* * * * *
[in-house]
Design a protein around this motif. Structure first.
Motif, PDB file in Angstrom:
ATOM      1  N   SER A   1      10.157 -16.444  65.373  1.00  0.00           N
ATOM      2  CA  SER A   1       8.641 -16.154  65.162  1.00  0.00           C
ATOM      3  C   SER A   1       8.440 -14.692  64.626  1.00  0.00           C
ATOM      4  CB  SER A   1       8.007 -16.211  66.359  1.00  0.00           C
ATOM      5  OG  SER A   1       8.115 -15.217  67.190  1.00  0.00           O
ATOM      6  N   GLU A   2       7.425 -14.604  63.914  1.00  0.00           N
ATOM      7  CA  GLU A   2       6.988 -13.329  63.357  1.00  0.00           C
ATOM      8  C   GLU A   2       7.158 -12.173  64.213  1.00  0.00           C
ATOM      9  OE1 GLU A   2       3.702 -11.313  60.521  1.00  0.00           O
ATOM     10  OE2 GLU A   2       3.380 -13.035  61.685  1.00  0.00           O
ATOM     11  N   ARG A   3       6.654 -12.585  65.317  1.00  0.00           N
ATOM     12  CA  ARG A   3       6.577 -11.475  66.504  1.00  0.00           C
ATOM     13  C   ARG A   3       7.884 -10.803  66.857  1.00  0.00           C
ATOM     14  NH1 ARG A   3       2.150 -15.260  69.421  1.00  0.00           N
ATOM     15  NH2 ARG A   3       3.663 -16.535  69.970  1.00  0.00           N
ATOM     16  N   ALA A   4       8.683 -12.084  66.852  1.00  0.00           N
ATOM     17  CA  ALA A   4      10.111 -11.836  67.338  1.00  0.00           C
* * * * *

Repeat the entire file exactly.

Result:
[in-house]
Design a protein around this motif. Structure first.
Motif, PDB file in Angstrom:
ATOM      1  N   SER A   1      10.157 -16.444  65.373  1.00  0.00           N
ATOM      2  CA  SER A   1       8.641 -16.154  65.162  1.00  0.00           C
ATOM      3  C   SER A   1       8.440 -14.692  64.626  1.00  0.00           C
ATOM      4  CB  SER A   1       8.007 -16.211  66.359  1.00  0.00           C
ATOM      5  OG  SER A   1       8.115 -15.217  67.190  1.00  0.00           O
ATOM      6  N   GLU A   2       7.425 -14.604  63.914  1.00  0.00           N
ATOM      7  CA  GLU A   2       6.988 -13.329  63.357  1.00  0.00           C
ATOM      8  C   GLU A   2       7.158 -12.173  64.213  1.00  0.00           C
ATOM      9  OE1 GLU A   2       3.702 -11.313  60.521  1.00  0.00           O
ATOM     10  OE2 GLU A   2       3.380 -13.035  61.685  1.00  0.00           O
ATOM     11  N   ARG A   3       6.654 -12.585  65.317  1.00  0.00           N
ATOM     12  CA  ARG A   3       6.577 -11.475  66.504  1.00  0.00           C
ATOM     13  C   ARG A   3       7.884 -10.803  66.857  1.00  0.00           C
ATOM     14  NH1 ARG A   3       2.150 -15.260  69.421  1.00  0.00           N
ATOM     15  NH2 ARG A   3       3.663 -16.535  69.970  1.00  0.00           N
ATOM     16  N   ALA A   4       8.683 -12.084  66.852  1.00  0.00           N
ATOM     17  CA  ALA A   4      10.111 -11.836  67.338  1.00  0.00           C